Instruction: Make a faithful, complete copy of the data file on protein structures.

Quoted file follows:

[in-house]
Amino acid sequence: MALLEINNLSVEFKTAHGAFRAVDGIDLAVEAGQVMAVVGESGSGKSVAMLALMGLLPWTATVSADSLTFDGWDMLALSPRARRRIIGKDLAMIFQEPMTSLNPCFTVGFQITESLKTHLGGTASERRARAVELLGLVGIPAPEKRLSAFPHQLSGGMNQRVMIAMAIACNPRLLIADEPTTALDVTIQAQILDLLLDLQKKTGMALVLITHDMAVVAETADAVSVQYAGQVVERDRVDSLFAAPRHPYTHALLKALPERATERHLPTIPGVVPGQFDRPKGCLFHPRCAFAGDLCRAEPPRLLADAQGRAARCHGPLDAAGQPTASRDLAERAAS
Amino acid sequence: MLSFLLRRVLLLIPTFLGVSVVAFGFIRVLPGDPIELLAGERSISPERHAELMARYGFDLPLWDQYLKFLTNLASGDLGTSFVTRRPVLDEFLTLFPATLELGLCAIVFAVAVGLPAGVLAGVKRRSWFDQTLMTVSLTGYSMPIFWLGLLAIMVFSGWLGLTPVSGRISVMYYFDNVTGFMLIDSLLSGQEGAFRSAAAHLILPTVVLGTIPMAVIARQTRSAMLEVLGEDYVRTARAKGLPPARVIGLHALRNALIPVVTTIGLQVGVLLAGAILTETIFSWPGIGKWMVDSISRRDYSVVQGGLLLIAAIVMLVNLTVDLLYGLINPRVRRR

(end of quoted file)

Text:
[in-house]
Amino acid sequence: MALLEINNLSVEFKTAHGAFRAVDGIDLAVEAGQVMAVVGESGSGKSVAMLALMGLLPWTATVSADSLTFDGWDMLALSPRARRRIIGKDLAMIFQEPMTSLNPCFTVGFQITESLKTHLGGTASERRARAVELLGLVGIPAPEKRLSAFPHQLSGGMNQRVMIAMAIACNPRLLIADEPTTALDVTIQAQILDLLLDLQKKTGMALVLITHDMAVVAETADAVSVQYAGQVVERDRVDSLFAAPRHPYTHALLKALPERATERHLPTIPGVVPGQFDRPKGCLFHPRCAFAGDLCRAEPPRLLADAQGRAARCHGPLDAAGQPTASRDLAERAAS
Amino acid sequence: MLSFLLRRVLLLIPTFLGVSVVAFGFIRVLPGDPIELLAGERSISPERHAELMARYGFDLPLWDQYLKFLTNLASGDLGTSFVTRRPVLDEFLTLFPATLELGLCAIVFAVAVGLPAGVLAGVKRRSWFDQTLMTVSLTGYSMPIFWLGLLAIMVFSGWLGLTPVSGRISVMYYFDNVTGFMLIDSLLSGQEGAFRSAAAHLILPTVVLGTIPMAVIARQTRSAMLEVLGEDYVRTARAKGLPPARVIGLHALRNALIPVVTTIGLQVGVLLAGAILTETIFSWPGIGKWMVDSISRRDYSVVQGGLLLIAAIVMLVNLTVDLLYGLINPRVRRR